Sometimes you are lounging on a lily pad in Monet’s Garden and sometimes your legs are fried on a plate in a Micheline Star Restaurant. Beccalynn navigates it with theology, humor, art, crafting and words. If we live a life filled with love the more love we discover. No matter where our flippers land.
Christmas. It is not about the shopping. It is not
about the gifts. It is not about the decorations. I understand the meaning logically and traditionally: God
became flesh in the form of Baby Jesus who grew up and died for my mistakes: the
fulfillment of Biblical prophecies. For many, Christmas does not have spiritual
significance. It is simply a time of giving, participating in charities or
changing the house decorations.
My early childhood was spent with my Dad in
the Air Force. These Christmases were celebrated in the land of Snowmiser.
New Mexico; a sprinkling of snow frosted the lawns and the sidewalks were lined with
Luminarias. The simplicity of a brown lunch bag weighted with sand
and security for the lit candle placed inside was breathtaking. My
Mom told me it was to remind us of the path Mary and Joseph took to find a
place to stay in Bethlehem.
My Dad was transferred to Utah. We lived near Grandparents. Snow
billowed everywhere. Snow people set up residences in their front and back
yards where they would live undisturbed until spring. These
Grandparents were affectionate, and honest. Their home was filled
with light, laughter and magic. They were not perfect, but a deep feeling of
love flavored the air. Santa magically brought presents and no
matter where we were, he somehow knew where I was. I was never lost to
him. It was my first glimpse of how God saw me. Santa was
the image of a loving heavenly being that somehow knew everything about me and
everywhere I was. He was the image of God was made concrete.
When we transitioned into civilian
life and moved to California, the land of Heatmiser.
The California winters I
grew up with were gloomy grey skies that last for days. The air was colder than
blizzard I would walk to school in. That chill settled deep into my bones and wouldn’t
go away until the first unforgiving blast of summer sun.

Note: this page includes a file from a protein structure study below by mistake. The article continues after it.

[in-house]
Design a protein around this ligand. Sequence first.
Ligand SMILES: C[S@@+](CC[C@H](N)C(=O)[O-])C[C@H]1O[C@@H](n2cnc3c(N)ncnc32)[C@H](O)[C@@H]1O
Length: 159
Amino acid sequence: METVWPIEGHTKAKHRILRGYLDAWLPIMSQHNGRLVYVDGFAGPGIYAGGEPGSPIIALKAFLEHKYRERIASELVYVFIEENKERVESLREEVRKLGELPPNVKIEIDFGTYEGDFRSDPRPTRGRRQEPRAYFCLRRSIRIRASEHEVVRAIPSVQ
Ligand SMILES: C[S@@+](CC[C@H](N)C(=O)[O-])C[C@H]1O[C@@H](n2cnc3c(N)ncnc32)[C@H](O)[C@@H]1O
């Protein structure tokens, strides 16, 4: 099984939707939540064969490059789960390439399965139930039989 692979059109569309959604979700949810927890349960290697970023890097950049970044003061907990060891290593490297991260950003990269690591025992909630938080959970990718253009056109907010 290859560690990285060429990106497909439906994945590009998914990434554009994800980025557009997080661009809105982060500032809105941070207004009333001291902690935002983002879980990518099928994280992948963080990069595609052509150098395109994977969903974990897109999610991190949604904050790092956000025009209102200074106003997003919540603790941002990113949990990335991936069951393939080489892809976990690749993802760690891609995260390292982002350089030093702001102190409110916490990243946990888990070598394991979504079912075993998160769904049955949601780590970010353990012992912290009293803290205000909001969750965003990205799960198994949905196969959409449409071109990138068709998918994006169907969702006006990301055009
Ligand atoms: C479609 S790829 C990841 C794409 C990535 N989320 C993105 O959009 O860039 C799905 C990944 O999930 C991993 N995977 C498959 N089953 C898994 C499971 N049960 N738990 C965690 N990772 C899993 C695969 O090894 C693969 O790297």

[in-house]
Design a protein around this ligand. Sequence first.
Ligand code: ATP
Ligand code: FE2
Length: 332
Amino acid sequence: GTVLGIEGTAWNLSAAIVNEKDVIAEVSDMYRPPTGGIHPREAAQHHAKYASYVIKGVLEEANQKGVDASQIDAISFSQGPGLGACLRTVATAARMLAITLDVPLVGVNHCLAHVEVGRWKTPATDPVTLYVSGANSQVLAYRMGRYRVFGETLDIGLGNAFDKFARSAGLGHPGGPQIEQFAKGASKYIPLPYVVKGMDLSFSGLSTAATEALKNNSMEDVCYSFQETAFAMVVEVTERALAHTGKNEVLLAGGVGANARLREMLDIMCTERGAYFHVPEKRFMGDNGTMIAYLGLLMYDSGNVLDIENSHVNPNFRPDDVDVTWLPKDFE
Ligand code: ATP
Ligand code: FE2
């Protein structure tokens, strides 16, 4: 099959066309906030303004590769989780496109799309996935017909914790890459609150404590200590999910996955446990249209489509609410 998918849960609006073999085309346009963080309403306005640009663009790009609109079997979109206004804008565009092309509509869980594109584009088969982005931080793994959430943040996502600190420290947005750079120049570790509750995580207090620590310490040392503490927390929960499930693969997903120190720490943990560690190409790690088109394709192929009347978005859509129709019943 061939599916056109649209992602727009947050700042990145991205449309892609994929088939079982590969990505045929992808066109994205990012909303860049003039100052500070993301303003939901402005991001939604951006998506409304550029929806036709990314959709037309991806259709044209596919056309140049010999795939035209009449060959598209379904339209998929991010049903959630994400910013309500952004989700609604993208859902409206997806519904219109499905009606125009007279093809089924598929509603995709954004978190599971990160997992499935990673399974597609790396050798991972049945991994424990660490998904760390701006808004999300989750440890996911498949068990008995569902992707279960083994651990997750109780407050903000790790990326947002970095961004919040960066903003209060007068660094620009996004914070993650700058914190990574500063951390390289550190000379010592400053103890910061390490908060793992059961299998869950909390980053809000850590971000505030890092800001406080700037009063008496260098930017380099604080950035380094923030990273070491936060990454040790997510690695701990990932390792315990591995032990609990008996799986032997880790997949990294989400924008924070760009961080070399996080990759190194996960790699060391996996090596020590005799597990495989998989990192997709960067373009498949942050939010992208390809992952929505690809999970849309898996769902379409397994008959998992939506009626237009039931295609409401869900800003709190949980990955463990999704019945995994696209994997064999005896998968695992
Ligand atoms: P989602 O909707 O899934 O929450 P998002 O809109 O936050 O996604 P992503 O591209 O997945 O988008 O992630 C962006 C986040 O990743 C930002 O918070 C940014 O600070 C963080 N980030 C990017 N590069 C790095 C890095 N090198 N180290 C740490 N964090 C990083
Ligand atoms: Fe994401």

grandparents were the cranky kind. Their house had no natural light. They
spoke to me only when necessary. Christmases in their house matched Mad Hatter’s
tea parties. The cherry on top was my parents’ crisis of conscience. They didn't want to lie to us anymore.
There was no Santa.
I had already kind of figured it out at my sage age of 9.
None the less, the magic of Christmas was lost for a while. I wondered if God had forgotten me. I knew he was real, but did he care for me?
Then…My Dad was out
of work. My parents sat us down and prepared us for the worst. There would
probably be no presents under the tree.
Christmas morning dawned. I resolved myself to be thankful
for anything. The four of us walked the hallway to the Christmas tree. Then the
That morning Santa was real. He gave me a Mandy doll. She
was beautiful, perfect and completely unexpected. He was not a jolly, white
bearded fat man. He was God. Written on my heart in a tangible way was a
reality of the Divine. He cared for me enough to give me
something. I every time I looked at that doll I was reminded that
miracles still happen. I knew God was real and from that moment on, I
clung to him. He loved me. He saw me wherever I was. He extended to me grace
and forgiveness. He was my true Santa.
Years later, I faced a lean Christmas with my children. We
curled up to watch “A Christmas Carol.” I realized my attitude about
Christmas was similar to Scrooge’s.
I had forgotten the miracle.
watched Scrooge on his knees begging for another Christmas from the Ghost of
Christmas Future and I saw myself. His promises to give the gift of friendship,
help where he could, grace and blessings to his fellow man became my own. His
promised to keep the Spirit of Christmas all year round did not come natural
for him. It would be a deliberate action; fueled by memories of joy from Fezziwig’s
counting house; he left behind the sorrows of being left alone at school.
I discovered a box deep within myself filled with sorrows of
Christmas past. Like Scrooge, I decided to put away the sorrows and hold tight
to Christmas’ spirit of giving. It isn’t the Christmas Pasts that defines
Christmas. It is the Christmas Present. These gifts should not be limited
to a day, but are to be present in each moment of my life.